Yes. Simply set up and configure Paragraph or Character Styles (or table, cell, etc) with no document open. The new styles will then be available in any new document. But they won't be added to any existing documents. You could also configure a template file - .indt - which contains your styles, then start each new document by opening that template. ...


2

Why is leading always set to 120% in applications? Some value needs to be used and the most common denominator is probably the best option from an app development standpoint. It's generally understood that defaults are defaults and should/will be changed. If you're dealing with HTML, that's what CSS reset libraries are for - to remove defaults forcing you ...


2

A DA01 posts, there is no "standard". It really comes down to what visually separates the paragraphs enough to allow easy flow without creating a "hiccup" in the motion of reading. You do not want the reader to have to stop, find the next paragraph, and continue reading. Even if that takes a millisecond, it can get distracting and unconsciously make the ...


2

is it recommendable to use both indentation and paragraph space It's redundant. So most graphic designers would say it's not recommended--pretty much because there's no need. As for how much space to put between the paragraphs, there is no right answer to this other than put enough space but not too much.


2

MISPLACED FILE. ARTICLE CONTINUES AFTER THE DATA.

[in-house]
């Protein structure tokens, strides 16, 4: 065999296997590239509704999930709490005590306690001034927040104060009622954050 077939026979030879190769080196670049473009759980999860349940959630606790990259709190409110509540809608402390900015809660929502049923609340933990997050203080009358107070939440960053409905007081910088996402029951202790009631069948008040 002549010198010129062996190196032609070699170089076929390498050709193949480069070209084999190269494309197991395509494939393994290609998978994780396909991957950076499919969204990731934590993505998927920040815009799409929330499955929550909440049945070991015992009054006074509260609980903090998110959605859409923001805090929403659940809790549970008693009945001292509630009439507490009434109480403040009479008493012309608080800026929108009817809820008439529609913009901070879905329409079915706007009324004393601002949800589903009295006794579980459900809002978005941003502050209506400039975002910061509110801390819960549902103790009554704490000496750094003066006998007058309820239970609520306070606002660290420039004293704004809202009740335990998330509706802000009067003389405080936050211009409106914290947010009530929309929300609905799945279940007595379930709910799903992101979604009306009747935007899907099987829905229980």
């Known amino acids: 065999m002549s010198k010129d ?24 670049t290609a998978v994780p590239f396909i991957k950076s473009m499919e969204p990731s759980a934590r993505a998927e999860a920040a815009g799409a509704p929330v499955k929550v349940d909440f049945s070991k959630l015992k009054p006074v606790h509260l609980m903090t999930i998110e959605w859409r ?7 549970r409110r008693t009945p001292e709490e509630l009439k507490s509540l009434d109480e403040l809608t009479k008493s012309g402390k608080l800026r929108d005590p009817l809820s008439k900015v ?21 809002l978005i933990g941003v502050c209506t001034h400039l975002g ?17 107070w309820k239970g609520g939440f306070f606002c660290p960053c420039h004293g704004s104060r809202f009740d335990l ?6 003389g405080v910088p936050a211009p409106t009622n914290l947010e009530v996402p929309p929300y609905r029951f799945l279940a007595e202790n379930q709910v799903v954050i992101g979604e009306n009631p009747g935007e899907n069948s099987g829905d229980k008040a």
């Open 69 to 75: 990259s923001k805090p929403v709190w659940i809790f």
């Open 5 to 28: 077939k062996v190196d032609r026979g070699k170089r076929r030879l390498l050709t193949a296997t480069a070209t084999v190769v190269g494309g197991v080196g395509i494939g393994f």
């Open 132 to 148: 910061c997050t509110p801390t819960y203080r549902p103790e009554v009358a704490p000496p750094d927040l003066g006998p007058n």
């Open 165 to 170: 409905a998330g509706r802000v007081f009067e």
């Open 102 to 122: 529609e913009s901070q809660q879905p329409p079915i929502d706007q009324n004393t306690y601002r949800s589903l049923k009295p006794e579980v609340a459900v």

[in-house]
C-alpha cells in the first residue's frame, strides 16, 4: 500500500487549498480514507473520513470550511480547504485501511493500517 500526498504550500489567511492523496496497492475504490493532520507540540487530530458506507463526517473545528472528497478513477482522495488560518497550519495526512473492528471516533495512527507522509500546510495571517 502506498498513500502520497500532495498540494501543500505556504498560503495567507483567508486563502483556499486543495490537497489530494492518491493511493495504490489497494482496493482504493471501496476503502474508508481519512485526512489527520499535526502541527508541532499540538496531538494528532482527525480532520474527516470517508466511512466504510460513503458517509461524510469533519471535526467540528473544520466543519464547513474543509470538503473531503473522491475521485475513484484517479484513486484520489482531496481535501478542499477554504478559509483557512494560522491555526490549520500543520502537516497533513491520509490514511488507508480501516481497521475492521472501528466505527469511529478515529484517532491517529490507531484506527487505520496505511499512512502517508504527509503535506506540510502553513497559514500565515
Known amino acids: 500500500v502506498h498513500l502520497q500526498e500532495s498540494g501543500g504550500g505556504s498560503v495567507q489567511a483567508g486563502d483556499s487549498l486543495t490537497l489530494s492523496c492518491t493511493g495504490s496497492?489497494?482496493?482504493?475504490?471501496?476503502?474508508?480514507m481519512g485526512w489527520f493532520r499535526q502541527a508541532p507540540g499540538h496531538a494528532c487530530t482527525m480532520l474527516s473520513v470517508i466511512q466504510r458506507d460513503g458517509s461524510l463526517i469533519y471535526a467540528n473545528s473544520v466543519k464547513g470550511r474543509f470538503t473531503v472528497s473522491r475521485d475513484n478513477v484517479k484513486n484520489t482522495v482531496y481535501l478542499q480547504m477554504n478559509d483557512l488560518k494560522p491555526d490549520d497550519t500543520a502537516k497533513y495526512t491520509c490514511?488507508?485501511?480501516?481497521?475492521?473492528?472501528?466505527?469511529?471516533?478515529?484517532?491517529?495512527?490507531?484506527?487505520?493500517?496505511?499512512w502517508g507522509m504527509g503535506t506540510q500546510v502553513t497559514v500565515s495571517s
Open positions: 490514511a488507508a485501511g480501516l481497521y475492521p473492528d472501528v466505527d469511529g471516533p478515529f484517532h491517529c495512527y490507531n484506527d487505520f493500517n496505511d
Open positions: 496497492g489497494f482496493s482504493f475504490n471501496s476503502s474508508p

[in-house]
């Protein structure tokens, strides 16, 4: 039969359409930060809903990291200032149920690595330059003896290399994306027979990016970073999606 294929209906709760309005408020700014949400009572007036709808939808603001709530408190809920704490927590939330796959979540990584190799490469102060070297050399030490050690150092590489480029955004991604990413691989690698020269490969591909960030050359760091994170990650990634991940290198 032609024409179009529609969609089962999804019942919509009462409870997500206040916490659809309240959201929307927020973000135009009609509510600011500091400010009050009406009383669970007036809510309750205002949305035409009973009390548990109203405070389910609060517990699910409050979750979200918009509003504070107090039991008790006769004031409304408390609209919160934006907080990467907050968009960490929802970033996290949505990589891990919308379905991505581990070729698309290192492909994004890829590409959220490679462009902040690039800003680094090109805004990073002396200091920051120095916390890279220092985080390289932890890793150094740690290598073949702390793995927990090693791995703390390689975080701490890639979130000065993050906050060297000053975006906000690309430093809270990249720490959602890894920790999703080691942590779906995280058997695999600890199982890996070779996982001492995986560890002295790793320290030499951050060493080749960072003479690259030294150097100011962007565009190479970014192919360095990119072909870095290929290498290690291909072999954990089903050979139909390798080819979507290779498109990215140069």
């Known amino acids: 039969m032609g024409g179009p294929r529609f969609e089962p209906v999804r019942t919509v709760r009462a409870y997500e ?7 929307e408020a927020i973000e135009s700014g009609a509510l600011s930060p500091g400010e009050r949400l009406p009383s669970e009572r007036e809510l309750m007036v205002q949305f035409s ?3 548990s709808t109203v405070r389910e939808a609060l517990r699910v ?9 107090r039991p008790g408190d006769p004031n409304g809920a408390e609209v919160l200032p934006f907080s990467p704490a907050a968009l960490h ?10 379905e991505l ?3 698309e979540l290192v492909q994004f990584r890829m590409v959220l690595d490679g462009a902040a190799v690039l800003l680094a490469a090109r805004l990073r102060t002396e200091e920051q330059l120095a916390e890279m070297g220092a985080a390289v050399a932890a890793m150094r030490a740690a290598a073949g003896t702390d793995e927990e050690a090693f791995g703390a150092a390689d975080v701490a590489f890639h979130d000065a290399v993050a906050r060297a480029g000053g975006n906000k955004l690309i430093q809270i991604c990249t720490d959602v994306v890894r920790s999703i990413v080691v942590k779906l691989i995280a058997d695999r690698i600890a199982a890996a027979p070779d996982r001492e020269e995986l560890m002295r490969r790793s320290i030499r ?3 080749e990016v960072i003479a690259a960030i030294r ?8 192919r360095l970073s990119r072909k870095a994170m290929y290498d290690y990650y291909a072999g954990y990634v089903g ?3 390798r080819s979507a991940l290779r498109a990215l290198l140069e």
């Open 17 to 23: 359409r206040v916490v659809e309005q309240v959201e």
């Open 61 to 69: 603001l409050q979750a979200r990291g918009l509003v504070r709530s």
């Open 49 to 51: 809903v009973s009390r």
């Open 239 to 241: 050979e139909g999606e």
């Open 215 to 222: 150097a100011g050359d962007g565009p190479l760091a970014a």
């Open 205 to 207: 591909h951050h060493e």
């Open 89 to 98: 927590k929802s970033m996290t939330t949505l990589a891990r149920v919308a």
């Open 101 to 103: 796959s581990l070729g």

I can't say why for sure, smells like a bug, but there is a way to stop it. Just tested it out (CS6) and it does seem to always add a left-align override to paragraph styles in new columns. But, if you give your table cells a cell style that is set to use your centre-aligned paragraph style, then in new columns with that cell style, the paragraph style's ...


2

There's nothing built into InDesign that will automatically insert a newline (or extra space before or space after) only to the first and last paragraphs of a given style. If this is something you will be doing a lot, it could certainly be done with a script that was either set up to start with InDesign or invoked manually. The best place to ask about ...


2

This varies enormously depending on the document and the workflow. Brochure, where each page is a thought independent of the next page: break up each headline and text box so they aren't linked to anything else. Brochure, where each spread is a thought: headline gets a box, all the text boxes on that spread are linked, but don't link it to the next spread. ...


2